DICOM 3D GUIDE
Table of Contents
When you first purchase DICOM 3D from our store, you will be provided with 3 Download options:
- MacOS Apple Silicon: This provides an installer compatible with Mac devices with M1 chips or newer, i.e. Mac devices from 2020 and newer. Don’t use this installer if your device contains an Intel processor.
- MacOS Universal: This provides an installer compatible with Mac devices with either Intel or Apple Silicon chips, hence the name Universal. This installer will provide a DICOM 3D application compatible with Intel chips. If you purchased your device before 2020, use this option. If your device has an M chip, use the Apple Silicon installer.
- Windows Installer: This provides a link to the Microsoft Store DICOM 3D Page, where the Windows version of this application is available for download.
For Mac Devices, in order to check what kind of processor your computer has, click the Apple Icon at the top left of your screen, followed by About This Mac. Here, MacOS will provide you with a summary of your device’s specifications.
On MacOS, once downloaded, open DICOM-3D.pkg and follow the steps provided by the installer.
On Windows, on the DICOM 3D Microsoft Store Page, select the Install option, and Windows will handle the rest.
If you purchased DICOM 3D on our store, when you first start the application, you will be presented with two options. Either Start Free Trial, or Enter License Key.
Start Free Trial: DICOM 3D offers new users a free 7-Day Trial of the application, before a license is required. This gives new users time to acquaint themselves with the application, and its features, before deciding on whether to make the purchase. This option can only be used once on a device, and the countdown begins as soon as you select Start Free Trial.
Enter License Key: If you have already completed a 7-Day free trial, the application will require a License Key for continued use. License Keys are available for purchase on our store here. You have an option of buying an Annual License or a Lifetime License. Once purchased, the license key will be included in an email confirming your order. If you created an account during the purchase process, or have an account already, all purchased keys are also available on the Downloads section of your Account’s Dashboard, available here. After purchase, simply copy and paste the license key exactly as it is, onto an input provided in the application when prompted. Once verified, the license will be saved on your device, and you will not have to enter it again.
DICOM 3D has a navigation bar on the left from which you can launch the main features of the application. Select the hamburger icon, to expand the navigation bar, as in the image below. Select one of the options to launch that feature.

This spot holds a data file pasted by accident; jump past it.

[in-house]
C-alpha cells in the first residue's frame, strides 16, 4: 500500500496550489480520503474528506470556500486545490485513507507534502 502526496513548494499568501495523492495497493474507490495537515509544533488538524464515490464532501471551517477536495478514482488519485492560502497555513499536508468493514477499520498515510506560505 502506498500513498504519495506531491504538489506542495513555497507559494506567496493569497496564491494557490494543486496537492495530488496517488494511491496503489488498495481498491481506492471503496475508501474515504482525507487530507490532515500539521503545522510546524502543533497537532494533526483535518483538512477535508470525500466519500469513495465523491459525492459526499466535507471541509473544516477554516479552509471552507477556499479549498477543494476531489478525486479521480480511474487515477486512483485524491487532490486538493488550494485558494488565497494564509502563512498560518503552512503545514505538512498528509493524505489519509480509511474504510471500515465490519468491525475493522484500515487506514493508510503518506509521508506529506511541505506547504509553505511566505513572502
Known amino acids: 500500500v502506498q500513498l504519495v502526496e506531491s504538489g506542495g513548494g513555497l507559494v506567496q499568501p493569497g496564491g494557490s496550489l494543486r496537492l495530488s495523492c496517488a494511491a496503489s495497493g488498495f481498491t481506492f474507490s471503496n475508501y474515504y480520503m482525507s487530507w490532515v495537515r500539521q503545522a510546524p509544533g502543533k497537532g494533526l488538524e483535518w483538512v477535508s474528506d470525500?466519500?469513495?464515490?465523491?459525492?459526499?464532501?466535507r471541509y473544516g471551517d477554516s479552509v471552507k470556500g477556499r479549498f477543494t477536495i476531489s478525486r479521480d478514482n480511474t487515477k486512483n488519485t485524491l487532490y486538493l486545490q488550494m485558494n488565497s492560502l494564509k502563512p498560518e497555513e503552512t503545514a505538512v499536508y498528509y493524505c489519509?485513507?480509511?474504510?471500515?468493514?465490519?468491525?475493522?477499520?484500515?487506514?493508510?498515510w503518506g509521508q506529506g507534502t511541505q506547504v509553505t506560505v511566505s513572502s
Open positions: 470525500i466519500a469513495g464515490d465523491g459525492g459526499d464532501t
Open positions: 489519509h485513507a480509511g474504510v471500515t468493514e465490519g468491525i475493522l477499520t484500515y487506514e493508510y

For each of the listed options below, when selected, a command bar is brought to view at the of the window, with the respective functions:
- DICOM Visualization
- Threshold Segmentation
- Watershed Segmentation
- 3D Reconstruction
- 3D Volume Rendering
Select DICOM Tags to bring up a table that comprises a comprehensive list of DICOM Tags. When a series of DICOM Images is imported, this table is populated with the corresponding Tag Values.
Select Toggle Light/Dark Mode, to change the theme of the application. By default, the application will match your device’s theme. However, you can override this by manually selecting your preferred theme.
Select Settings to bring up a list of preferences that you can customize to personalize DICOM 3D to your liking.
This section covers the main features associated with importing and visualizing DICOM Images.
Import DICOM Images
DICOM Images can be imported in one of two ways. Either, on the home page, select Import DICOM on the command Bar in the top left, or from the menu bar, select, File -> Import DICOM Images. Once selected, a dialog box will open, allowing you to select the location of the DICOM Images in your computer.
Select the folder containing the images. The application will sort the Images into their respective series, and give you a preview of each, as illustrated in the image below. A summary of each series including the number of images, patient names, study description, series description and modality are provided. Select the row in the table containing the series you wish to import, and Import.
Upon importation, a different view will be loaded onto each of the 4 screens. On screen 1 (top-left), the DICOM Images are displayed in the orientation that the CT/MRI/PET scan was taken. In the example below, that was the Axial Orientation. The images are displayed in grayscale. Use the slider provided on the right of each screen to scroll through all the images in the series. Screens 2 (bottom-left) and 3 (bottom-right), display the DICOM Images in the other two orientations, in this case Coronal & Sagittal respectively. In addition, an accurate axes measurement in millimetres, is added onto each image. These axes can be toggled on/off by selecting View -> Show Measurement Axes option in the menubar.
On screen 4 (top-right), the 3D Display, the image slices are displayed in 3-Dimensions. As you scroll through the images in any of the 3 orientations mentioned above, the active slice is updated in real-time in the 3D View, giving you a more complete perspective of the DICOM Images.
To the top-right of each screen is an expand screen button. Select it to maximize the screen you wish to focus on, and minimize the rest. As in the example below, once selected, the 3D screen expands to full view. Select the expand button again, to return to the original 4-screen view. In the 3D View is a 3D-coordinate widget that gives you an indication of the orientation of the current view. Select any handle (X, Y or Z), to quickly view the 3D Actor in that orientation.